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Wise Crop Investment Set to be Recouped in Just Two Seasons

Morris ICT McIntosh and Son

Brad Wilson, Farm Manager at the KLK Farms property at Northampton in WA, with the Morris 9445 air cart that is fitted with Input Control Technology (ICT). The system incorporates five ICT sections across the seeding bar.

Published in Farm Weekly September 27, 2018

Ken Wilson

FRUSTRATED with overlap resulting in wasted crop inputs, Input Control Technology (ICT) has proven to be a wise investment for a large farming operation in Northampton.

Brad Wilson is the Farm Manager for KLK Farms’ Northampton property, where he oversees a cropping program of 12,500 hectares, largely comprising wheat and canola, and runs a small number of cattle.

Three seeding rigs are used around the clock to complete the program, including three Morris 9445 air carts, one fitted with ICT, 15-metre (50-foot) and 18m (60ft) DBS bars and a 24m (80ft) Morris C2 contour drill.

The air carts have two 7000-litre tanks and a 5000L tank used for Flexi-N fertiliser, with the ICT-fitted cart used with the 15m DBS bar, incorporating five ICT sections across the bar.

According to Brad, half of the property is on open, yellow sandplain and the other half is heavy, undulating rocky country, which has been the most challenging for overlap.

He said they had suspected it was an issue, but had it confirmed when similar section control technology used during spraying highlighted that the hectares sprayed was significantly different to hectares seeded.

To combat the problem, last season they took delivery of a new Morris 9445 air cart fitted with ICT from McIntosh & Son at Geraldton.

“We recognised that we had issues with overlap and over-seeding on the undulating, odd-shaped paddocks on the heavy country,” Brad said.

“There’s a lot of rock patches, bushes and creek lines and while we use the smaller bar for that country, it was still a problem.

“In that tight country, the overlap was well above 10 per cent and when you factor in Flexi-N and fungicides on top of seed and fertiliser, it becomes quite a significant cost.”

The Morris ICT is designed to eliminate overlap and save inputs by stopping product flow over the sections that are not required.

The ICT works via GPS and the new Topcon X35 controller with the Morris carts, using the gear drive system for the metering wheels to quickly engage or disengage, allowing instantaneous shut-off.

It runs individual metering wheels that can stop product immediately, however, the system remains primed with product and as soon as it re-engages, it is back in the air stream.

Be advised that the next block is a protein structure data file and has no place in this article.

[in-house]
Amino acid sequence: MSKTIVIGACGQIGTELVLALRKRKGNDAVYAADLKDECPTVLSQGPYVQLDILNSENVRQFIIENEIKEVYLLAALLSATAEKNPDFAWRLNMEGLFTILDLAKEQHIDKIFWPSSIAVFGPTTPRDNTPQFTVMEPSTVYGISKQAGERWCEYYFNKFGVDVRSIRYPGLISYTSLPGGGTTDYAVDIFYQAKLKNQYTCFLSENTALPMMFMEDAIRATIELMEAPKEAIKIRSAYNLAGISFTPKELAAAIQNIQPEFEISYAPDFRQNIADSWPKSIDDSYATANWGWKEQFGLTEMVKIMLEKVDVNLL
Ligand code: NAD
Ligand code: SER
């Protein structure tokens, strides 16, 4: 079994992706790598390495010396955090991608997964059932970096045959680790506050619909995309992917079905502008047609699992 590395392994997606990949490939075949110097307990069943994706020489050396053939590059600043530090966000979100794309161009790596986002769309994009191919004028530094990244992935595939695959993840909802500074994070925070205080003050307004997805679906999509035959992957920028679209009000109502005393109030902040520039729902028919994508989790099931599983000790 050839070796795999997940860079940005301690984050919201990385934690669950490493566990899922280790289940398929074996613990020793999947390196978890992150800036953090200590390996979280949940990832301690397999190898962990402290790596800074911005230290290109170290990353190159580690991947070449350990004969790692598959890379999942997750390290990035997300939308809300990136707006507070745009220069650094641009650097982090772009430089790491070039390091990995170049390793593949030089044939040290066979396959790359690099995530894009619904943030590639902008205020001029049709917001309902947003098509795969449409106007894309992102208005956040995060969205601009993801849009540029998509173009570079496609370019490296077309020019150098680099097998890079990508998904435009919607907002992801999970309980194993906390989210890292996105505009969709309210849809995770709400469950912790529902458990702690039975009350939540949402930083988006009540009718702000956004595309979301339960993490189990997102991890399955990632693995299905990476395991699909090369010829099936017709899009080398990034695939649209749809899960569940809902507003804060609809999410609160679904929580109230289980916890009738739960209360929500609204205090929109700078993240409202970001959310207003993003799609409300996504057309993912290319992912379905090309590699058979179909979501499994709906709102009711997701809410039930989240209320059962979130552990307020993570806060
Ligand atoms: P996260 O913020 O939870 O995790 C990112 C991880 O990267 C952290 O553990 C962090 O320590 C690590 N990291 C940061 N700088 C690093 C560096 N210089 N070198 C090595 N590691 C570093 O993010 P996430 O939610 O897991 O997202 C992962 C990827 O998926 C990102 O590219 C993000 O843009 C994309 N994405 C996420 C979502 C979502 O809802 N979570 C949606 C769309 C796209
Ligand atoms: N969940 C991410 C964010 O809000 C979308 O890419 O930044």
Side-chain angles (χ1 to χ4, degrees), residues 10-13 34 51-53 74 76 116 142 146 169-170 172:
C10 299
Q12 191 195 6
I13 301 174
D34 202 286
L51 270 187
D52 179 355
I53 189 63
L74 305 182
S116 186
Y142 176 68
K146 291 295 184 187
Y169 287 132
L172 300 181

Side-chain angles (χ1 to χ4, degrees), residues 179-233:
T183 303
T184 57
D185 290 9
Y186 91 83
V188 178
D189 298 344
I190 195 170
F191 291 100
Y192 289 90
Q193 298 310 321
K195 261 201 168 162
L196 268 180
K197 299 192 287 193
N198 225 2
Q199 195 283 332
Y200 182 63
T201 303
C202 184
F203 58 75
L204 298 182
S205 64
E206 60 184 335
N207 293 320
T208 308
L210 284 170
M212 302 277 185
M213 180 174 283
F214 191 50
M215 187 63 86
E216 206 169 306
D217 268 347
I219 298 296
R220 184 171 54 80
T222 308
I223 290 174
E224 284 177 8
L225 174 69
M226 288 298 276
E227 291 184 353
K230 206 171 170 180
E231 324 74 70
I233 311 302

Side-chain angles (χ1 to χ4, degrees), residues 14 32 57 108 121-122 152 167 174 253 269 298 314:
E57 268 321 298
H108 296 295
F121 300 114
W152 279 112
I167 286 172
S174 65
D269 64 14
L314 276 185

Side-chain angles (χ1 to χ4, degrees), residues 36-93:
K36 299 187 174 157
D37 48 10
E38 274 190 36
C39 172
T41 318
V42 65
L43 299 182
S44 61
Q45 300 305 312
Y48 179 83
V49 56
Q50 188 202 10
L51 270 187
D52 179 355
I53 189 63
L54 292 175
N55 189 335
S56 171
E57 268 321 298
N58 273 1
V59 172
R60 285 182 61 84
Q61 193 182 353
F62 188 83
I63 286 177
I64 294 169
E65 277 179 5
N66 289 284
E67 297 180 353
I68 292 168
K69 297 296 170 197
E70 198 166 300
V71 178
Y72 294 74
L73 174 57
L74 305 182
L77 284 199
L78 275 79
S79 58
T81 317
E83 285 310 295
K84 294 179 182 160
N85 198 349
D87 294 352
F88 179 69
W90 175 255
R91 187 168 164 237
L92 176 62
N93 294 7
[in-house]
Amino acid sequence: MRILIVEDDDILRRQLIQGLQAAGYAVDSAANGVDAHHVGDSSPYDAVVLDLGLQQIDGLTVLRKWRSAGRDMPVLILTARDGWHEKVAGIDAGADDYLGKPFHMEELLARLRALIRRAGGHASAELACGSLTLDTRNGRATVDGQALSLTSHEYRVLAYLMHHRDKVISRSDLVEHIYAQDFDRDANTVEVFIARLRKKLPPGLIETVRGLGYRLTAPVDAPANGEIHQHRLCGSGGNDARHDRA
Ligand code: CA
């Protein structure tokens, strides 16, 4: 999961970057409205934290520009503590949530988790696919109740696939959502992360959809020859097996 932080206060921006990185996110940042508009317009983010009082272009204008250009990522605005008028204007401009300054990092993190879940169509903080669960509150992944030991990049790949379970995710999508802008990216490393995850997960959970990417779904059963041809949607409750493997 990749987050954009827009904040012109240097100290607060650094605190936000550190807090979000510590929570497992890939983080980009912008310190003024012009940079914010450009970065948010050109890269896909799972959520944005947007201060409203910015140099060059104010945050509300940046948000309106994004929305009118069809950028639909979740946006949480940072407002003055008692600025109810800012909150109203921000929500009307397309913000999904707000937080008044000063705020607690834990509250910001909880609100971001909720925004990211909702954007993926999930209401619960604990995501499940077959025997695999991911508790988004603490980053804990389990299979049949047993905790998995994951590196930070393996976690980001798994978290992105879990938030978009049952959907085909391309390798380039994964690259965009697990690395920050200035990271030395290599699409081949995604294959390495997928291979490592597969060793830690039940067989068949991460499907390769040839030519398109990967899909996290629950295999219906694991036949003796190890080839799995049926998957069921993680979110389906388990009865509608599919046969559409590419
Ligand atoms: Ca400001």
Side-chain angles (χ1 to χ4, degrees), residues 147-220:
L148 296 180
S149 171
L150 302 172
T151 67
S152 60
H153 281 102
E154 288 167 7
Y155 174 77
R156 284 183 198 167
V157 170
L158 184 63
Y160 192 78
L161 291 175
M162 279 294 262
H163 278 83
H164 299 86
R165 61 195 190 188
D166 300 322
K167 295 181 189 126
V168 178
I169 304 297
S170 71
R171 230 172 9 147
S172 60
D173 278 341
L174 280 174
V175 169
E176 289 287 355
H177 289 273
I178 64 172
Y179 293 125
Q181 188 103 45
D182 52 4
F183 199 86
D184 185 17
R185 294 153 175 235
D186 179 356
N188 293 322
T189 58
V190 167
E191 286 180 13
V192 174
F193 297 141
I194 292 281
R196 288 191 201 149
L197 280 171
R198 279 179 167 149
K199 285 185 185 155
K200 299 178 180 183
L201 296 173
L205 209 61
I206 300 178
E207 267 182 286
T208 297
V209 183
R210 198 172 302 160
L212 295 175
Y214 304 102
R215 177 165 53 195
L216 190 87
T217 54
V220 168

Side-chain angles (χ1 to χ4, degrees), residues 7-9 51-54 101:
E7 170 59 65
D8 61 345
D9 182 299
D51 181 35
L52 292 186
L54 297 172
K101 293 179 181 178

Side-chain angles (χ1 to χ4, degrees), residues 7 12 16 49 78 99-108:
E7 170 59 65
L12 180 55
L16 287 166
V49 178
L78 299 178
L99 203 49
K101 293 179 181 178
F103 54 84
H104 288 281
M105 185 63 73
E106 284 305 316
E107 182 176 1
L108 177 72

The new Topcon X35 also allows users to manage and control applications via mobile devices such as tablets and smartphones. The app and bluetooth connectivity provides a mirrored view of the in-cab monitor, allowing calibration of the air cart without having to return to the cab to enter data.

While last year was their first with ICT, Brad said there had been an immediate impact and he estimated they would be saving 10pc on their overall input costs.

With the savings, he said they were expecting to recoup their investment costs after just two seasons.

“It’s certainly helped us out, because we had a lot of issues running out of seed wheat all the time. We found we were always about 10 tonnes short.’’

“When you work it out on the total area it mounts up, over 6000ha, and that’s a lot of inputs.

“Input costs are so huge these days – you can’t afford to be overlapping like that.”

Finding experienced casual staff for peak times is also a big problem for Brad, so he said they were having to rely even more on technology.

They have up to four permanent full-time workers, but extra casual staff are critical during seeding and harvest.

He said the beauty with ICT was that once it was set up, it was relatively simple to use.

“That’s exactly why these systems need to be simple. We really struggle to get experienced staff these days,” he said.

“We’re trying to invest in this type of technology because it will help us in the long run. It takes a lot of the human error out of it.

“We haven’t had the misses that we’ve had with the other two machines, because ultimately those misses happen because the driver has forgotten to push a button, but the ICT unit they don’t even have to touch.

“Input costs are not going to go down, so we have to find ways of being more efficient and this is one of those ways,’’ Brad said.